Wetland Flora, Fauna, and Water Quality Assessment at Topock Marsh
Havasu National Wildlife Refuge, originally named Havasu Lake National Wildlife Refuge, was established by Executive Order by President Franklin D. Roosevelt in 1941
Havasu Refuge is within the Pacific Flyway, a major north-south migratory route along the western coast of the United States.
The refuge is comprised of 37,515 acres along the lower Colorado river in Arizona and California.
The refuge protects 30 river miles and encompasses 300 miles of shoreline from Needles, California, to Lake Havasu City, Arizona.
Historically, the habitats within what is now the Havasu National Wildlife Refuge (Havasu NWR) were created and maintained by the dynamics of the unpredictable Colorado River. However, throughout the 20th century, the river has been regulated through a series of dams and levees, which has changed the dynamics to a late successional environment less susceptible to the unpredictable floods and droughts that characterized the unregulated river. Under this environment, many fish and wildlife species adapted to the unregulated conditions became threatened, endangered, or of special concern to Federal and State resource management agencies [Department of the Interior (DOI), 2009]. Under an Executive Order, President Franklin Roosevelt established the Havasu NWR in 1941 as a refuge and breeding ground for migratory birds and other wildlife.
Over the years, various canals, dikes, and ditches were constructed to help maintain the marshes original productivity (Shoreline, 2006). However, in addition to the water management infrastructure aging over the years, the physical characteristics and overall management of the Colorado River have changed due to flooding, additional water withdrawals, flood control, and hydropower-generation. Add to the mix that the Havasu NWR has frequently reached or exceeded its annual entitlement for diversion of water from the Colorado River, and subsequently the FWS requested an Infrastructure Improvement Project (IIP) to help protect the habitat and species that use the Refuge (DOI, 2009). During construction of the new Firebreak Canal as part of the IIP, water levels dropped considerably lower than normal, so FWS requested USGS FORT scientists to determine how the flora and fauna within the marsh responded to those low flow conditions as well as how they fared once water levels returned to normal. The data collected under this initial agreement was then to be used as background data for managing water in Topock Marsh in the future. In 2013, FWS again approached USGS FORT and requested additional sampling of the marsh and a decision support tool they could use, based on the previously and currently collected data, to determine the best way to manage the water levels to optimize endangered wildlife species habitat. A Decision Support System (DSS) is to be developed, for use by Havasu NWR to compare habitat availability associated with hydrologic scenarios. This approach will help FWS use the best available science to determine more effective water management strategies and it will assist with developing the mandated Havasu National Wildlife Refuge's Comprehensive Conservation Plan (CCP).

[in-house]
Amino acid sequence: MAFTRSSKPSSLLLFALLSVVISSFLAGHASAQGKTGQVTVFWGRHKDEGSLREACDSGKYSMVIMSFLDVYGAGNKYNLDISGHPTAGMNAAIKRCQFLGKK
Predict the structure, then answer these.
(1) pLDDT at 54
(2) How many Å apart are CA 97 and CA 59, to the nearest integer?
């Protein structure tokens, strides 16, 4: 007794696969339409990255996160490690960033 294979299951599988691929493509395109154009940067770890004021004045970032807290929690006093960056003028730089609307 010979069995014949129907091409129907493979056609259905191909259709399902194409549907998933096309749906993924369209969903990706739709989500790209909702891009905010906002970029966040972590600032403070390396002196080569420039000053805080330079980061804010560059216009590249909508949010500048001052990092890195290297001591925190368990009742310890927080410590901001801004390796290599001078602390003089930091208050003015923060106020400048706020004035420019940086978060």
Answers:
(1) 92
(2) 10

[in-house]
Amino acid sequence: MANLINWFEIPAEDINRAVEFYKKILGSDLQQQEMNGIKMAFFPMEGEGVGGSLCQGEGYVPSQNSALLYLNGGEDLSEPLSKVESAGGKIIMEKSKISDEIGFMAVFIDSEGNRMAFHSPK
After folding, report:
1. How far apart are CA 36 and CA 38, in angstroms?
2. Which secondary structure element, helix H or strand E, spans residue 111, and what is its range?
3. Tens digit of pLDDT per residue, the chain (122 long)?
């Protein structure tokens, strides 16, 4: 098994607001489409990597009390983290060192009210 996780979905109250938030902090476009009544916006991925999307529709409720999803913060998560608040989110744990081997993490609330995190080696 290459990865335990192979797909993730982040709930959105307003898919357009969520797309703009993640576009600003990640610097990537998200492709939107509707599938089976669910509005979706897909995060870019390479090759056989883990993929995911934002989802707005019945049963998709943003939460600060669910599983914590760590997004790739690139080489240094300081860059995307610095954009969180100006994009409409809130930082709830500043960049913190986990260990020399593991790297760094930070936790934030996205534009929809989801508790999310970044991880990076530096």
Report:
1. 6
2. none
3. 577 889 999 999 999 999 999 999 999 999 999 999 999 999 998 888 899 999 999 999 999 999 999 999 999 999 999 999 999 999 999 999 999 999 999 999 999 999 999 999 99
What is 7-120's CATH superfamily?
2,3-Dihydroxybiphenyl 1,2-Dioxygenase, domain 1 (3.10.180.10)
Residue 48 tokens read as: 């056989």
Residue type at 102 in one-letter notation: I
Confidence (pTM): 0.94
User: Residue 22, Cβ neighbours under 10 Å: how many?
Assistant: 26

This project will help Fisheries and Aquatic Resources Programs to:
Provide scientific understanding of the biology, health, and diseases of aquatic organisms;
Provide scientific information and guidance that contribute to the conservation and recovery of aquatic species at risk;
Provide scientific information about the diversity, species interactions, and life history strategies that affect the condition and dynamics of aquatic communities;
To understand functional relationships among aquatic species and their habitats;
Provide science in support of restoration and mitigation of altered aquatic systems;
Provide scientific support, technical assistance, and information transfer to DOI bureaus and other governmental agencies, and NGOs;
Improving the level of understanding of the capabilities and the effective management of wetlands in the southwestern U.S. for improved water quality, wetland habitat, and diverse, healthy ecosystems;
Evaluating potential hazards and developing cost-effective techniques for maintaining healthy, sustainable wetland systems;
Developing and applying new techniques for the restoration of degraded natural riparian and wetland ecosystems; and
Providing technical assistance and outreach for client DOI agencies, other government agencies, and NGOs.